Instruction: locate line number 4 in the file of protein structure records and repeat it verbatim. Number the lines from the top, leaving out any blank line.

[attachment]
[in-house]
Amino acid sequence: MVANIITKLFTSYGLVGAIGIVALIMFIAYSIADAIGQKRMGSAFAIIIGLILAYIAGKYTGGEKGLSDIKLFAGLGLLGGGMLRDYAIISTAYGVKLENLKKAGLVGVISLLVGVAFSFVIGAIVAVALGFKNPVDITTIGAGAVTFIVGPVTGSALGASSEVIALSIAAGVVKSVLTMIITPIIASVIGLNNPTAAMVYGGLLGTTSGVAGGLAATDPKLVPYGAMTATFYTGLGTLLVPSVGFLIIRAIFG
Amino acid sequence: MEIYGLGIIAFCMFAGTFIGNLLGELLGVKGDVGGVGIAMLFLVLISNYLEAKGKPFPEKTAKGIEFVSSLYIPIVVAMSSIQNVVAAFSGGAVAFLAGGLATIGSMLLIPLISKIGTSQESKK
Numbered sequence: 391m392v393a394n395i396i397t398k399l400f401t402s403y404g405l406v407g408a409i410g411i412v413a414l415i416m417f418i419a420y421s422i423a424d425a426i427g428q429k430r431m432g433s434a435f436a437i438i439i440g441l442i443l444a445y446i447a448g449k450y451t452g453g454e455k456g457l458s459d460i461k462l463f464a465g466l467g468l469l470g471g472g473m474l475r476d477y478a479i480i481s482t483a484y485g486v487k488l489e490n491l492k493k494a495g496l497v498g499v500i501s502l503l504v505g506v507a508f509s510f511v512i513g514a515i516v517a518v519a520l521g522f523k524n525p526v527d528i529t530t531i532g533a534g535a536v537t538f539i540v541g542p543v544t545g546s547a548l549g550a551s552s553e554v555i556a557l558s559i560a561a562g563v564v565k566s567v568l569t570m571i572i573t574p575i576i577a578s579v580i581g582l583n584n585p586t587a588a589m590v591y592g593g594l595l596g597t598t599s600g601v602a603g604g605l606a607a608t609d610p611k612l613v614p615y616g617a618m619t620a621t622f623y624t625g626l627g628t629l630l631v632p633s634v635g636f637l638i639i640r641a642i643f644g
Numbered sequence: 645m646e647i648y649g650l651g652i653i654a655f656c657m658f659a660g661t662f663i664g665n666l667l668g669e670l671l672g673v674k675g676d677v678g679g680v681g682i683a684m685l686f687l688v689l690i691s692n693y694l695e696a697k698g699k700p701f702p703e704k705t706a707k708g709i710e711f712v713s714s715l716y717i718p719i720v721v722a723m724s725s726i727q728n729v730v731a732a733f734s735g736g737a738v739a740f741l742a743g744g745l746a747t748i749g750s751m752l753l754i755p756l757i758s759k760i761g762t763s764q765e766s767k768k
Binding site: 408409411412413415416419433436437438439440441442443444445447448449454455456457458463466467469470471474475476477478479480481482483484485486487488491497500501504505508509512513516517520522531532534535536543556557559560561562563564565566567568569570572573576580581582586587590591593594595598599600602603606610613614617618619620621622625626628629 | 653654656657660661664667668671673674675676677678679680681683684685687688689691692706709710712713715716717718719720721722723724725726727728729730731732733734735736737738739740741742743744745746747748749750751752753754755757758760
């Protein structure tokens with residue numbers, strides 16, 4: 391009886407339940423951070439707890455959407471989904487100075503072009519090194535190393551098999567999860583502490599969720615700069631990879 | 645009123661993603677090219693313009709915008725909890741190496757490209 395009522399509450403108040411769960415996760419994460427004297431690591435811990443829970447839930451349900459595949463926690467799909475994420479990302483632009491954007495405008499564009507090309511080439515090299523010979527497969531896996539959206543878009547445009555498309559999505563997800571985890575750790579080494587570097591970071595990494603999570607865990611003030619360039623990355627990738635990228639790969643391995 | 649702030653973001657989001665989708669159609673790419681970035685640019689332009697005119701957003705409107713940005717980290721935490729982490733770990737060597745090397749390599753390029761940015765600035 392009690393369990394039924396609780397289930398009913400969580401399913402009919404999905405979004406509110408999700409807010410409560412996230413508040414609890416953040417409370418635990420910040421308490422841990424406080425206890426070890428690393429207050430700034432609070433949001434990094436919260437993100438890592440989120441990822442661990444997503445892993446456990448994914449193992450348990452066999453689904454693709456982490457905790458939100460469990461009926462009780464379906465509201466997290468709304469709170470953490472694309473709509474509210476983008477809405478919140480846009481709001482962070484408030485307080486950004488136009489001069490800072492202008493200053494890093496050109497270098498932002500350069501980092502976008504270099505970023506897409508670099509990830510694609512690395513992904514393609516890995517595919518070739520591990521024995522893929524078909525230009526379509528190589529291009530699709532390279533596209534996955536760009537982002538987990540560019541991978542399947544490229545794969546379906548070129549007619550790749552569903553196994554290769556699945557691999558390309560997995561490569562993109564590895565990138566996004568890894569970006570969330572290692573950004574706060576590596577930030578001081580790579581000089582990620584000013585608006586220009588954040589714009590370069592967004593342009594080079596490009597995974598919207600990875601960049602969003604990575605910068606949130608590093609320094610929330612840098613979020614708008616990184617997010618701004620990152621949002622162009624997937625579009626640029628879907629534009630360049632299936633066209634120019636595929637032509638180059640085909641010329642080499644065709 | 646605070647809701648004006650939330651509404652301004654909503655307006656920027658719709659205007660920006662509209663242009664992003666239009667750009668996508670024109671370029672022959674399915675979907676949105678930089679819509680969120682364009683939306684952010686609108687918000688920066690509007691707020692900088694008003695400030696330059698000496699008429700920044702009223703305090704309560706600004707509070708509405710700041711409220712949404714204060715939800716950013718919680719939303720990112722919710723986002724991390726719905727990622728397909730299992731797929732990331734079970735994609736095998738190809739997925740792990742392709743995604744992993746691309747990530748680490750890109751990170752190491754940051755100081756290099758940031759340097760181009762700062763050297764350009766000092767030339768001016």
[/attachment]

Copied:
Numbered sequence: 391m392v393a394n395i396i397t398k399l400f401t402s403y404g405l406v407g408a409i410g411i412v413a414l415i416m417f418i419a420y421s422i423a424d425a426i427g428q429k430r431m432g433s434a435f436a437i438i439i440g441l442i443l444a445y446i447a448g449k450y451t452g453g454e455k456g457l458s459d460i461k462l463f464a465g466l467g468l469l470g471g472g473m474l475r476d477y478a479i480i481s482t483a484y485g486v487k488l489e490n491l492k493k494a495g496l497v498g499v500i501s502l503l504v505g506v507a508f509s510f511v512i513g514a515i516v517a518v519a520l521g522f523k524n525p526v527d528i529t530t531i532g533a534g535a536v537t538f539i540v541g542p543v544t545g546s547a548l549g550a551s552s553e554v555i556a557l558s559i560a561a562g563v564v565k566s567v568l569t570m571i572i573t574p575i576i577a578s579v580i581g582l583n584n585p586t587a588a589m590v591y592g593g594l595l596g597t598t599s600g601v602a603g604g605l606a607a608t609d610p611k612l613v614p615y616g617a618m619t620a621t622f623y624t625g626l627g628t629l630l631v632p633s634v635g636f637l638i639i640r641a642i643f644g